Schools struggle to pay for heat and light, INTO conference hears
Richard Bruton threatens to penalise schools that do not cut cost of uniforms and books
Sheila Nunan and Rosena Jordan of the Irish National Teachers’ Organisation: “We will not tolerate any form of second-class resourcing or funding.” Photograph: Moya Nolan
Schools are struggling to pay for light and heat while hard-pressed parents are forced to hold constant fundraisers to meet the cost of basic supplies including pencils, delegates at the Irish National Teachers’ Organisation (INTO) conference have been told.
INTO general secretary Sheila Nunan said national schools received a capitation fee of just 92 cent per pupil per day to cover their costs, whereas second-level schools receive almost double that.
“Are second-level computers more expensive?” she asked. “Do bigger children need bigger machines? Do they cost more? We will not tolerate any form of second-class resourcing or funding and the next time it happens this union will take action.”
Delegates heard that a 15 per cent cut in recent years meant schools were forced to rely on fundraising and voluntary contributions.
Niall Crofton, principal teacher at St Brendan’s national school in Birr, Co Offaly, said the cost of light, heat and, since 2011, water charges, on top of the cuts, had left them with a €6,000 shortfall each year. He said parents had stepped into the breach, even though the school was designated as a rural disadvantaged school.
“Principals are chasing families to pay the voluntary contribution even though they know they can barely afford it,” Mr Crofton said. “The parents’ association has had to hold golf classics and fashion shows just to pay for their children’s education.”
Kathryn Crowley, a principal in a Dublin school, gave delegates an A-Z of the school fundraising activities needed to keep the gates open, from art auctions to bring-and-buy sales and “zany” dress-up days.
Their concerns were aired on the same day that Minister for Education Richard Bruton threatened to financially penalise schools that did not reduce the cost of uniforms and books for parents.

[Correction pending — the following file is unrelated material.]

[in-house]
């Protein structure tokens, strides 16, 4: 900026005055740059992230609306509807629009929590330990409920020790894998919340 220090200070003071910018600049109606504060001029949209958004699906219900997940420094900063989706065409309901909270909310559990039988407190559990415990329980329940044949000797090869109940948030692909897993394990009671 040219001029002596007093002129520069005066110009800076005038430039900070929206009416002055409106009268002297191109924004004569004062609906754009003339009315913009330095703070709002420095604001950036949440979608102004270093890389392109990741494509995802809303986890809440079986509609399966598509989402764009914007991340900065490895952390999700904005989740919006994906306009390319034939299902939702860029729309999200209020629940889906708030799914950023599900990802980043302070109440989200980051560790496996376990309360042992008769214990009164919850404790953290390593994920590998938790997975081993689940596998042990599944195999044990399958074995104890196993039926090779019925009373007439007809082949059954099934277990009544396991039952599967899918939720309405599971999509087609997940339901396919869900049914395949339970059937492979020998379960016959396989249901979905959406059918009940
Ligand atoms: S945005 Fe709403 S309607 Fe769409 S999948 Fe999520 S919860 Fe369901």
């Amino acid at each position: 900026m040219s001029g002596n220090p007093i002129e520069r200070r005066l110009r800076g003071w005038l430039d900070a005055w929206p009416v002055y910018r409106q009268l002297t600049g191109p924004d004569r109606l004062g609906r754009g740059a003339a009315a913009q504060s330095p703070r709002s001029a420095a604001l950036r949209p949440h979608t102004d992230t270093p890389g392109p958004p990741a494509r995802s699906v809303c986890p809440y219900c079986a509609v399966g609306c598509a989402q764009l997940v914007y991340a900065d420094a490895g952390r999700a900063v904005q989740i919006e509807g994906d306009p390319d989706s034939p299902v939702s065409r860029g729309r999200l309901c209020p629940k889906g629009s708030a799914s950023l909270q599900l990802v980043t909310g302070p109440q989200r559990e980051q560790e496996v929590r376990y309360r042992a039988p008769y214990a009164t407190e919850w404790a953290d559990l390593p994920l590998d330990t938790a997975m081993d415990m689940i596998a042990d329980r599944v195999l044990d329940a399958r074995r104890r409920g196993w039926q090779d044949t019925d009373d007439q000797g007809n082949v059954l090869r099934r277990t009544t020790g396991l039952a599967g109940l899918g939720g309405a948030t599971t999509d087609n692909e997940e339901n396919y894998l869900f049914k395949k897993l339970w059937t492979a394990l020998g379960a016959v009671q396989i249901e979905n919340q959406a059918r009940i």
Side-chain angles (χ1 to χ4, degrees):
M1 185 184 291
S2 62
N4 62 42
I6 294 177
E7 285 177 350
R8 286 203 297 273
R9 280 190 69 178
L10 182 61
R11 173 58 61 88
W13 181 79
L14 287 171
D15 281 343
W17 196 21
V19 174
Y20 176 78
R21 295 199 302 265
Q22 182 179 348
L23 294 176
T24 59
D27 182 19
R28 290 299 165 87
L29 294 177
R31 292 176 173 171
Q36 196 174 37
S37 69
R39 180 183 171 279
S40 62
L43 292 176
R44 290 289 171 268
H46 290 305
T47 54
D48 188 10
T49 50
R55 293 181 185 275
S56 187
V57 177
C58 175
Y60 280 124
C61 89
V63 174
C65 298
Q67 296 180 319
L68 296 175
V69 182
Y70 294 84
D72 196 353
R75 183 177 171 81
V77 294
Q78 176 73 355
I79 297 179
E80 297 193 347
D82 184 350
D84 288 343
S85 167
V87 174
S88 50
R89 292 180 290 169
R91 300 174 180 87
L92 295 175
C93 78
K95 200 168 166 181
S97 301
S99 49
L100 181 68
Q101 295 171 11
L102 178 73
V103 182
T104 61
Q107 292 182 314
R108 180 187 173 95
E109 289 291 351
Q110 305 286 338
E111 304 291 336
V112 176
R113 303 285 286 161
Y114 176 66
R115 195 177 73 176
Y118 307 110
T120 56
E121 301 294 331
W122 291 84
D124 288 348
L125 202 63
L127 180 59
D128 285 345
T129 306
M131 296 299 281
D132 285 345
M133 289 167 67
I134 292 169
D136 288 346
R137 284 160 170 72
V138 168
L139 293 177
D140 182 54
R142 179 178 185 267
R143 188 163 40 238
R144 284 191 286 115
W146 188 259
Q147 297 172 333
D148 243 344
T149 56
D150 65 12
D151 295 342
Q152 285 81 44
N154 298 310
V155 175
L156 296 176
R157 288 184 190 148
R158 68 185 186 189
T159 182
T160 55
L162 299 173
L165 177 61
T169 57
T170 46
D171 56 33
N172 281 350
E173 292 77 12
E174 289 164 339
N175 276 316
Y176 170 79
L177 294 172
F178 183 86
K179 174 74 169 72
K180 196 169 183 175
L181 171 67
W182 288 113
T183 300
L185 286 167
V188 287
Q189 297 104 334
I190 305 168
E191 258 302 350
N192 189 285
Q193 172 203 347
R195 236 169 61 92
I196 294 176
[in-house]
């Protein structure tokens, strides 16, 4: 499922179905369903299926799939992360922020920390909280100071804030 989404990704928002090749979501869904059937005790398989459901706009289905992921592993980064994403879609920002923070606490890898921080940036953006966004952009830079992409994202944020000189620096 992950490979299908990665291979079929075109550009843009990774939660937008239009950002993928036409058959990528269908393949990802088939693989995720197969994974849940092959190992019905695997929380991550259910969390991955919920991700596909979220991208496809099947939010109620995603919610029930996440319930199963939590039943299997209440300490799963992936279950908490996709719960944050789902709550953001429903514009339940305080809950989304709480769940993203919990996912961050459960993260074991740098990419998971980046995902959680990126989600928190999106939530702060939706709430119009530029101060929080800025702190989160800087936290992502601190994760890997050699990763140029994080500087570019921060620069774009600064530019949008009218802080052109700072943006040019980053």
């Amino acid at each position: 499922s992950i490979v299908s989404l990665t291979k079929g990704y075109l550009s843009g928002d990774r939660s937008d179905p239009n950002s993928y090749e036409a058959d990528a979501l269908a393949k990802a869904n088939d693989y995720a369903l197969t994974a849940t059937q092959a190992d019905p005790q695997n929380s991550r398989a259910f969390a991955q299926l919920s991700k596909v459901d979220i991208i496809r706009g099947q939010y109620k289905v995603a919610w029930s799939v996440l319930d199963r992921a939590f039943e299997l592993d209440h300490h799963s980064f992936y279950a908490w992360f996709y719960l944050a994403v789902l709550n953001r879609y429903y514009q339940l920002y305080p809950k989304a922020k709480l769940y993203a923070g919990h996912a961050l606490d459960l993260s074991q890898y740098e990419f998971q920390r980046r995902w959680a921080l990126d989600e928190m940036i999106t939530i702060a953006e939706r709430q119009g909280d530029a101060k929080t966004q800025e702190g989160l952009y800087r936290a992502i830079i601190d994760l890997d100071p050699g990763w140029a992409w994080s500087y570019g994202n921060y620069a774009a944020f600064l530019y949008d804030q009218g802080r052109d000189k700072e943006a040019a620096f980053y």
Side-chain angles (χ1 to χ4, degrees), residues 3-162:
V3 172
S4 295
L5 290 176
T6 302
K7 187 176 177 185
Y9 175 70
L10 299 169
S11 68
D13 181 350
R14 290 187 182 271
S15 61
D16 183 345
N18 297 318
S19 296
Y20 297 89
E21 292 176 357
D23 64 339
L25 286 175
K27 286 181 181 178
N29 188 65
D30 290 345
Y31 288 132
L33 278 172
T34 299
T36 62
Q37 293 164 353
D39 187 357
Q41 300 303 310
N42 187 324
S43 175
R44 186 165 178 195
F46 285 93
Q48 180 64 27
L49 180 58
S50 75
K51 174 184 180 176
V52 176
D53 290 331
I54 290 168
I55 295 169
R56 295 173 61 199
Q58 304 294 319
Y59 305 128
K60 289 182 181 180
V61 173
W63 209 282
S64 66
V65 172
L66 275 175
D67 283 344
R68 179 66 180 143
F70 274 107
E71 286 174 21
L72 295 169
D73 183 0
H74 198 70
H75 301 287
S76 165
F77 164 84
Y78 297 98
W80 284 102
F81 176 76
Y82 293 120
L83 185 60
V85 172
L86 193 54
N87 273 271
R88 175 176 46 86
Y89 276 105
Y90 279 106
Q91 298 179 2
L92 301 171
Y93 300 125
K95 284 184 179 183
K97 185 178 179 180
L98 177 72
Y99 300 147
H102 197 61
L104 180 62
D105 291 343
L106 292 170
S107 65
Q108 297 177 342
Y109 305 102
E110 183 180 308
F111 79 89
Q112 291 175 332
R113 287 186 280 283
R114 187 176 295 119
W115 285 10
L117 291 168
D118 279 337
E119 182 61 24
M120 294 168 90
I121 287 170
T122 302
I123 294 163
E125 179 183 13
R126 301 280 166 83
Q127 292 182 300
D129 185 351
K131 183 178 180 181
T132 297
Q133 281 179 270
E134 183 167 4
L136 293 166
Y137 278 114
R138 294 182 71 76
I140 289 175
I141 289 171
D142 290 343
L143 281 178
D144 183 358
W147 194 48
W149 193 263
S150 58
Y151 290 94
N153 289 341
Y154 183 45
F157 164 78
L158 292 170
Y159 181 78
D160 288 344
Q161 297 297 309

June Tinsley, head of advocacy at Barnardos, said the move to reduce costs was a step in the right direction, but schools remained totally underfunded and €103.2 million would guarantee completely free primary education for parents and children.
Alison Connolly, policy officer at Focus Ireland, told the conference that more than 2,540 children were living in emergency accommodation and that half of these children are in national schools.
She said these families were living in “grinding misery” and coming to school tired, without breakfast and often having not been able to do their homework. She said that fewer than half of these children attend Deis schools and so did not benefit from home school community liaison and school completion services.
Ms Connolly called on the Department of Education to recognise the problem and play its part in a cross-departmental strategy to tackle homelessness.
Meanwhile, primary school principals are struggling to find substitutes to provide cover for teachers on maternity and sick leave. The INTO estimates that 800-1,000 substitutes are needed each day, and delegates called for the establishment of a teacher supply panel.
Ms Nunan said international schools were actively and aggressively recruiting Irish primary school teachers to work in destinations including the United Arab Emirates and Canada, where pay and conditions can be significantly higher than in Ireland.
Earlier, Mr Bruton faced a silent protest over the unequal pay structure for new entrants to the profession. He said the department was moving to close this pay gap.
Mr Bruton also said he wanted Ireland to have the best education and training system in Europe within 10 years. In response, Ms Nunan said this could not happen without more investment and resources.